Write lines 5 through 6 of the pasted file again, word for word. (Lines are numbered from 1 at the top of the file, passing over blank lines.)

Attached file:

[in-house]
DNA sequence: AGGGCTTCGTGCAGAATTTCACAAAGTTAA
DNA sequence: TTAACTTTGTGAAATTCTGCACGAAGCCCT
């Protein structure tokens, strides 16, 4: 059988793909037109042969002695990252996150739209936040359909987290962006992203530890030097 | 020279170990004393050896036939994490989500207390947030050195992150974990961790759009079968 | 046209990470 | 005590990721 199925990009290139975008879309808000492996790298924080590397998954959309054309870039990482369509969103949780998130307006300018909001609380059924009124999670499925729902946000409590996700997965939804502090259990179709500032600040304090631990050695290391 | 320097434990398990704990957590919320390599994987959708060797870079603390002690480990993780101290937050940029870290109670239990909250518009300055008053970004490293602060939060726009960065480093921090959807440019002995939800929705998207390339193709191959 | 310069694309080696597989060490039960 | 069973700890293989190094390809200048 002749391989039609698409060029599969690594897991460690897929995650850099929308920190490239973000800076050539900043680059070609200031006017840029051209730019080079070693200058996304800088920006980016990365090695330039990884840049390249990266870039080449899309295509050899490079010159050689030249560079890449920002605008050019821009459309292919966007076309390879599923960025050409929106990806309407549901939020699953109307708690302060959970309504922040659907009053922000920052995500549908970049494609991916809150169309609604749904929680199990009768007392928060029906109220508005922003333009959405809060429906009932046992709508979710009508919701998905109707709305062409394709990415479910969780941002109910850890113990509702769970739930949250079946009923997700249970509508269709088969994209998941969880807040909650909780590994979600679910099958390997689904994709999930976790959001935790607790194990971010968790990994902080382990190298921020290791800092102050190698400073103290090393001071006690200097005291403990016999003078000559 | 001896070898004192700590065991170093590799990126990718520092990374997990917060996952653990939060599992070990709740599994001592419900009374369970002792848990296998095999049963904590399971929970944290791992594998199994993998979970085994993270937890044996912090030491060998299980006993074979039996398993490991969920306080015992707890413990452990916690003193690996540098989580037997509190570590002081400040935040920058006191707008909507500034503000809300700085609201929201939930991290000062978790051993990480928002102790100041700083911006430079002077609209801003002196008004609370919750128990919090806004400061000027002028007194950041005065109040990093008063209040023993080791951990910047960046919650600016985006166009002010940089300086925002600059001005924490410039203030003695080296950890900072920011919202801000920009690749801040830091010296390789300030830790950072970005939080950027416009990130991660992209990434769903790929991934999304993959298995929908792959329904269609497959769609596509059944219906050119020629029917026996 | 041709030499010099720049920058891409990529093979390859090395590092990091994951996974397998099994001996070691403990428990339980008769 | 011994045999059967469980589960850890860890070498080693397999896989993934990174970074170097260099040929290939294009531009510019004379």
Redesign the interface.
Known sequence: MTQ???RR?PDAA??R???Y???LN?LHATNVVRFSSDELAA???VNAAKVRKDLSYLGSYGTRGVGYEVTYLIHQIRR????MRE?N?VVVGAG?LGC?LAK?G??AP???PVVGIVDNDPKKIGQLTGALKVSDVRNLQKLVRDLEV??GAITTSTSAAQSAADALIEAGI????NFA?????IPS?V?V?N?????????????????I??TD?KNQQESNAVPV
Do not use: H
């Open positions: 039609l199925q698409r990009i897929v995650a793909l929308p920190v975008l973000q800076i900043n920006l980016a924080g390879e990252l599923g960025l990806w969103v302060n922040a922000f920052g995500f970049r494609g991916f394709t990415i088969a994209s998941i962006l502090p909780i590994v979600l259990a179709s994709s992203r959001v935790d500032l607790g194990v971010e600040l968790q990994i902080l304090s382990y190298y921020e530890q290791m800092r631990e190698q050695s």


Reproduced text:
Redesign the interface.
Known sequence: MTQ???RR?PDAA??R???Y???LN?LHATNVVRFSSDELAA???VNAAKVRKDLSYLGSYGTRGVGYEVTYLIHQIRR????MRE?N?VVVGAG?LGC?LAK?G??AP???PVVGIVDNDPKKIGQLTGALKVSDVRNLQKLVRDLEV??GAITTSTSAAQSAADALIEAGI????NFA?????IPS?V?V?N?????????????????I??TD?KNQQESNAVPV